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Cancer scientist launches drug-development company

Kate Rittenhouse-Olson (left) founded For-Robin Inc. to develop a promising drug: an antibody that prevents tumors from spreading. She is pictured here with student Kimiko Ferguson. Photo: Douglas Levere


Published October 17, 2013

The name of Kate Rittenhouse-Olson’s cancer therapeutics company is For-Robin Inc.

It’s an appellation that honors the memory of her sister, a bright young woman who loved flowers, planted tulips and hyacinths in her yard, baked a mean chocolate silk pie, hosted dinner parties with brown-sugar-dipped scallops wrapped in bacon, and gave the teenagers she worked with as a counselor in Pittsford, N.Y., the dose of tough love they needed to get through the hardest problems in life.

Robin died of breast cancer in 1986 at the age of 31. At her funeral and after, young people told stories about how Robin’s guidance kept them alive—away from drugs, out of trouble and hopeful for the future.

Rittenhouse-Olson, now a UB biotechnology professor, was a postdoctoral researcher at the time of Robin’s passing. She resolved to learn as much as she could about cancer, with the goal of fighting it one day.

Twenty-six years later, Rittenhouse-Olson is founding president of For-Robin Inc., a company developing a promising drug: an antibody that stops breast cancer tumors from metastasizing to other parts of the body.

Lungs and primary breast tumors from mice with untreated cancer (left), and cancer treated with For-Robin’s JAA-F11 antibody (right). The lungs from the control animal are full of tumor nodules that have spread from the breast tumor, while the lungs from the treated mice were tumor-free, demonstrating that the antibody inhibits the spread of tumors. Image: Jun Yan, Jamie Heimburg-Molinaro, Susan Morey and Kate Rittenhouse-Olson

The For-Robin antibody is called JAA-F11. Produced by mice, it binds to a part of a cancer cell called the Thomsen-Friedenreich antigen (TF), a molecular structure that helps cancer cells cling to and travel through blood vessels.

By blocking TF, researchers in Rittenhouse-Olson’s UB lab prevented breast cancer from spreading in mice and in petri dish experiments with human cells. Tests are underway to determine if the antibody also can be used to deliver cancer-fighting drugs to breast cancer cells, Rittenhouse-Olson says.

“The antibody reacts with 80 percent of human breast cancer cell lines tested, including ones called ‘triple-negative,’ which don’t respond to common types of targeted drugs,” she says.

“Robin died 26 years ago at a young age, and triple-negative cancer is more prevalent in young women like that,” she adds. “For this population, the only thing that really works is hard-core chemotherapy. Our antibody may be able to give these patients a new option.”

For-Robin, established in 2012, has received an infusion of startup funds in recent months, including:

  • $282,224 from the Small Business Technology Transfer (STTR) program of the National Cancer Institute
  • $50,000 from the Bruce Holm Memorial Catalyst Fund at UB, which supports commercialization of UB inventions.
  • $30,373 from the UB Center for Advanced Biomedical and Bioengineering Technology (UB CAT), which supports research and development projects that pair local life sciences firms with UB scientists. The UB CAT is funded by NYSTAR, Empire State Development’s Division of Science, Technology and Innovation.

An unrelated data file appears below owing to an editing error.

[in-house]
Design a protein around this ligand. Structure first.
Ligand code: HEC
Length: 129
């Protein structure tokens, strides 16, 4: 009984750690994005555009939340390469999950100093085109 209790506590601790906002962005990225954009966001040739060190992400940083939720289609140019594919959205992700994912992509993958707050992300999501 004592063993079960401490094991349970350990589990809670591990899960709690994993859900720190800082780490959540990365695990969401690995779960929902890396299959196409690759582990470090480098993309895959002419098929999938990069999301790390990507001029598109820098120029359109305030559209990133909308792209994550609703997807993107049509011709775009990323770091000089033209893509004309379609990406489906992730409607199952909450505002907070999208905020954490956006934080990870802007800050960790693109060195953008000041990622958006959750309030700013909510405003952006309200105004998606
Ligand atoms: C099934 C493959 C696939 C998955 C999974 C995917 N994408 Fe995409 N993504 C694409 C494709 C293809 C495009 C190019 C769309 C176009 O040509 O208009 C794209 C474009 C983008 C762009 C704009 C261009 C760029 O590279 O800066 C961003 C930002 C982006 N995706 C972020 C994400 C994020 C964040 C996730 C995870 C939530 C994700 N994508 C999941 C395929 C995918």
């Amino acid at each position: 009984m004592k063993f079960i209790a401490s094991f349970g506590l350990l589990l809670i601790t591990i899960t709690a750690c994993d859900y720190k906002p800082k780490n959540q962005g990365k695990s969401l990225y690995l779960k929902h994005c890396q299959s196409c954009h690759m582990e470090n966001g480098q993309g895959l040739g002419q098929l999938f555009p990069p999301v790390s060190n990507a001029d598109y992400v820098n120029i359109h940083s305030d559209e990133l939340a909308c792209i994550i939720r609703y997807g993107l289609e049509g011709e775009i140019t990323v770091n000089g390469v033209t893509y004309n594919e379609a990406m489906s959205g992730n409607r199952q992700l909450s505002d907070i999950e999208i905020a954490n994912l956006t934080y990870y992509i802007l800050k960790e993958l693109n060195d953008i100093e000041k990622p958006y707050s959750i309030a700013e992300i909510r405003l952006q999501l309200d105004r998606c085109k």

The STTR is the National Cancer Institute’s engine for commercializing technologies to prevent, diagnose and treat cancer. The program’s support of For-Robin helped Rittenhouse-Olson secure the UB CAT award, which requires entrepreneurs to come up with matching funds, and the Holm award, which gives heightened consideration to applicants with additional funding sources.

On the scientific front, For-Robin’s next step is to ready the antibody for human clinical trials by replacing some mouse parts with human parts. The alterations, which are underway, will decrease the chance of patients’ immune systems rejecting the antibody.

Rittenhouse-Olson also is interested in exploring JAA-F11’s utility as a cancer imaging agent and tumor killer. The antibody is only expected to bind with cancer cells, which means doctors could use it to locate tumors or to deliver cancer-fighting compounds straight to cancer cells. In addition, the alterations that researchers are making to the antibody may make it possible for the antibody to directly kill tumor cells.

JAA-F11 may be effective in several types of cancer, Rittenhouse-Olson says. “We showed that it blocked breast cancer from going to the lungs in mice, and other researchers have shown the same effect in prostate and colon cancer cells.”

On the startup front, For-Robin has joined UB’s Entrepreneur-In-Residence (EIR) program, which pairs university spinoffs with experienced entrepreneurs who can provide guidance on business matters. The program, run by UB’s Office of Science, Technology Transfer and Economic Outreach (STOR), is funded by the federal Economic Development Administration and a grant from SUNY’s EIR program.

For-Robin’s EIR is Bob Redd, a Western New York Venture Association board member. Under his guidance, UB law, MBA and pharmacy students working for STOR are assisting For-Robin with projects that include developing a business plan and assessing the potential market for JAA-F11.